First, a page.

- Why would you decided to go to your parents house for "help" when you're clearly going into labor, instead of calling an ambulance? And if not calling an ambulance and wanting your mom there, why not just drive to the hospital and call your mom to meet you there? Afterall, you're already in the car. Or, why not call your mom to come to you to take you to the hospital since you're the one about to push out a baby?
- Why would you choose this particular moment in your life to go off roading? It seems to me that perhaps you're not thinking clearly. Not only are you driving while in labor (highly dangerous, what if you go into a contraction and the car gets out of your control?), but now you decide to take a back road that you've only seen "in passing" and people have told you about here and there?
- Why wouldn't you check your gas guage before going on this pre-labor adventure? Were you in too much pain? Is your gas gauge broken? Did you really not think to yourself- "Perhaps, I should check to make sure that I have enough gas before I go on this adventure; that way I don't get stranded on this clearly questionable road that I'm determined to take, even though it's obviously a terrible choice"? Really, none on that crosses your mind?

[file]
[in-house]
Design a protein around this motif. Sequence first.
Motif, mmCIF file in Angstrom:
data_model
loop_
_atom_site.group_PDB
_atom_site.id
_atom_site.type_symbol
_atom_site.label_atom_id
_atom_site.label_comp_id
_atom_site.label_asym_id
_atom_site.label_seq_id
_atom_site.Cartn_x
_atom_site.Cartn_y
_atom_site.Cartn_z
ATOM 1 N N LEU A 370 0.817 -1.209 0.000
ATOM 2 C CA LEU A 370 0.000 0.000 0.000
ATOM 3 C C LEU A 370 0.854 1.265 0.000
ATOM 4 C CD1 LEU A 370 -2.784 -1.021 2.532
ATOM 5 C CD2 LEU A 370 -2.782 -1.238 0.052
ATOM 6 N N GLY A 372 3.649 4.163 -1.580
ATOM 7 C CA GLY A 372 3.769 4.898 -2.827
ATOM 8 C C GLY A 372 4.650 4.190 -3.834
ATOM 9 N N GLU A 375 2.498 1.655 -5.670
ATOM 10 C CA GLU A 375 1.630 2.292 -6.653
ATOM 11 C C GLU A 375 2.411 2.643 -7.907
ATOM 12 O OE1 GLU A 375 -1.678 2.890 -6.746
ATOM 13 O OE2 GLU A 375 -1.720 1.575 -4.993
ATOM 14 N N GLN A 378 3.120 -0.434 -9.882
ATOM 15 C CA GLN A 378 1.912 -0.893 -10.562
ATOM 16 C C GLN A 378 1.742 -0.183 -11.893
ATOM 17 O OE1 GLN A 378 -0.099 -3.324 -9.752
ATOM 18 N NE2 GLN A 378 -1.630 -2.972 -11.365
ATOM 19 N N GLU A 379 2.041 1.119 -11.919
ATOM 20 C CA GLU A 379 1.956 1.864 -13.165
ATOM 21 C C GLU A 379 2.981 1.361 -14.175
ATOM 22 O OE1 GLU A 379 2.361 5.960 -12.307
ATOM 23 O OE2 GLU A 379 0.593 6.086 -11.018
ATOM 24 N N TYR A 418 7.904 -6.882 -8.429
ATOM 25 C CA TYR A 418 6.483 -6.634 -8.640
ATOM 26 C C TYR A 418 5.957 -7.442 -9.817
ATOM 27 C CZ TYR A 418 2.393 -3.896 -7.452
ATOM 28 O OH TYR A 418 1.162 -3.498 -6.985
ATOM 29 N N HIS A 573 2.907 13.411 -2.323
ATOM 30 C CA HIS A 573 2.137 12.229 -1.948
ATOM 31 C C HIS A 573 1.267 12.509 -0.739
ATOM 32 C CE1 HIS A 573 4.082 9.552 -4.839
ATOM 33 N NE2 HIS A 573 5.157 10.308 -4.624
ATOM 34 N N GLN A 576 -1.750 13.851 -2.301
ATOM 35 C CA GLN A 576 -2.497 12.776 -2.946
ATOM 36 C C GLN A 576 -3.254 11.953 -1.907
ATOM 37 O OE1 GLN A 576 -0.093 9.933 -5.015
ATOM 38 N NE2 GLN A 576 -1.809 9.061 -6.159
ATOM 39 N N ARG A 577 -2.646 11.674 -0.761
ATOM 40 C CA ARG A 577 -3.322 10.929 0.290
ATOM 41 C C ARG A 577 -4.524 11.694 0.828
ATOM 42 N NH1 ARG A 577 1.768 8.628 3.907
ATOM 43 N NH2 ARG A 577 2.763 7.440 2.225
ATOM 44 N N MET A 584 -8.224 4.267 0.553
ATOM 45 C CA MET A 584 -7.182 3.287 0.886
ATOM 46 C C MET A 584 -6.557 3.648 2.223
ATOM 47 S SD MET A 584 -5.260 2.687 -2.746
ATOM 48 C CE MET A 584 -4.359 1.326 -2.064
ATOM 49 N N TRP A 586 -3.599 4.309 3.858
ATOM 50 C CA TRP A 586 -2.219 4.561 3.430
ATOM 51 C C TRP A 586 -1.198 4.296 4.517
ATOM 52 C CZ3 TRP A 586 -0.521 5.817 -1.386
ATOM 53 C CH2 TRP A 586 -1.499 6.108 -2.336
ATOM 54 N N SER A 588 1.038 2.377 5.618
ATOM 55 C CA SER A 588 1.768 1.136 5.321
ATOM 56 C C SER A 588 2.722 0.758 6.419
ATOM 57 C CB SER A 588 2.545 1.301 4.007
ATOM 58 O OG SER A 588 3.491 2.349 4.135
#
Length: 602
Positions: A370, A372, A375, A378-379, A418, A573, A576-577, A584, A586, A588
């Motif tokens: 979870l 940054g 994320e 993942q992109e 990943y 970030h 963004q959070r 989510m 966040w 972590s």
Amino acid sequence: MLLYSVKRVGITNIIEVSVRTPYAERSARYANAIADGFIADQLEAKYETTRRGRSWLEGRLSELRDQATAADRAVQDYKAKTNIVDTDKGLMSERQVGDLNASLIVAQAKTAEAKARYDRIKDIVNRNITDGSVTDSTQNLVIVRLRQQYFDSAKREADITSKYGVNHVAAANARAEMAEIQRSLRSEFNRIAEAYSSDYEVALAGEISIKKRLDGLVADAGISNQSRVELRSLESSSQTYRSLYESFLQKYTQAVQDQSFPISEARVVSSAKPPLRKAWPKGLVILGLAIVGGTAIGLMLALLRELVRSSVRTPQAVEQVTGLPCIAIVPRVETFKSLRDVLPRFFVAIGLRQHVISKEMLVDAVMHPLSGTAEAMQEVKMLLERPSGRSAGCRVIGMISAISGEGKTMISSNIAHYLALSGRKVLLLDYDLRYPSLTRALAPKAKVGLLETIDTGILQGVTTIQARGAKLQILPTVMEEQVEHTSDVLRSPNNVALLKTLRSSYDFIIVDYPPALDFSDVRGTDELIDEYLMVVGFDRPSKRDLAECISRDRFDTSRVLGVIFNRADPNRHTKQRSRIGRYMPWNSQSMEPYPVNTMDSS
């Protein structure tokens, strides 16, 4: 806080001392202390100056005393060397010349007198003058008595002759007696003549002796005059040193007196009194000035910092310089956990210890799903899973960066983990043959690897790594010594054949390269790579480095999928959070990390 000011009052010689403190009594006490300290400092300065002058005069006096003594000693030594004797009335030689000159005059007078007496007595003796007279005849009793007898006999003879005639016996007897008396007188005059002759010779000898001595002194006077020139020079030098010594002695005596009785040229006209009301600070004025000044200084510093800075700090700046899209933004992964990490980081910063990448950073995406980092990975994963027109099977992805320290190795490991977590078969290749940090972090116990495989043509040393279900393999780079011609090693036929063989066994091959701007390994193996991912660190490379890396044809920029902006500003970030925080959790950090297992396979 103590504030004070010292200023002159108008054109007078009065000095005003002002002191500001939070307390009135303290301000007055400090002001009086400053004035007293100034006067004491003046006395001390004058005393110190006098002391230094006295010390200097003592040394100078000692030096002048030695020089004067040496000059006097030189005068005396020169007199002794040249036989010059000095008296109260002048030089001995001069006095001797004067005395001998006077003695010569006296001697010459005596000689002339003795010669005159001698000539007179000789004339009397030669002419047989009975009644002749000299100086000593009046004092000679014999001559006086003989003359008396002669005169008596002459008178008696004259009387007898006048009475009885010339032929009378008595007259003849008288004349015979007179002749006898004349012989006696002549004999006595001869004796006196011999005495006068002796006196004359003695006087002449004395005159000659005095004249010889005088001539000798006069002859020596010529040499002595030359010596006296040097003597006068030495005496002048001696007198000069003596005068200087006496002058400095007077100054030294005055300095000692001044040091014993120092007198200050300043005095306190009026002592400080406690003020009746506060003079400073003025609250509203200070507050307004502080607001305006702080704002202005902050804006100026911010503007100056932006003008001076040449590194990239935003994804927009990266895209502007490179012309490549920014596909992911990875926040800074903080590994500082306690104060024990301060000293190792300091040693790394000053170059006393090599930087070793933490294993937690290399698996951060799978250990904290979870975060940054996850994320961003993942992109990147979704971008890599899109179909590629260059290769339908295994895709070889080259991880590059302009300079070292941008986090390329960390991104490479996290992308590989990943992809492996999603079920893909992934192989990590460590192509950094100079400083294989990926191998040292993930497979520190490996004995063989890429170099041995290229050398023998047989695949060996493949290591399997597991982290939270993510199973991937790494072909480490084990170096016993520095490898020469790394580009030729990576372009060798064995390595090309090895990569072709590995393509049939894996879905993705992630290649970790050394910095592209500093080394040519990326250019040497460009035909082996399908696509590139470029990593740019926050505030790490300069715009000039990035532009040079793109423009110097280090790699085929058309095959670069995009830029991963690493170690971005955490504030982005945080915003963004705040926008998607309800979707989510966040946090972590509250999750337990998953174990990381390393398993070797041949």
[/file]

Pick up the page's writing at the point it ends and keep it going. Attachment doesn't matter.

- Why did you lay a sleeping bag down in the back seat to give birth? Was it strictly a comfort thing or did you later plan to wrap that baby in said sleeping bag? Also, why wouldn't you keep the sleeping bag out from under you just in case you and your baby need it for warmth? Afterall, you are stranded in the wilderness. Is it so you wouldn't ruin your interior? I know that interior cleaning can get expensive, but is this really the time to think about that? Did you just do it without thinking?
- You said that you didn't cut the baby's umbilical cord, because you didn't know if you would be able to feed the baby. Ok. What about breast feeding? I know that it's not ideal for a lot of women these days, but in a situation like this, wouldn't it be the perfect time to give it a shot? Also, if the afterbirth has already come out, doesn't that mean that the umbilical cord isn't doing any good, because the placenta is where the baby gets the nutrients from? And if the placenta is still in you, can't that cause a horrible infection? And if that's the case, wouldn't you think that it would pass from you to the newborn baby?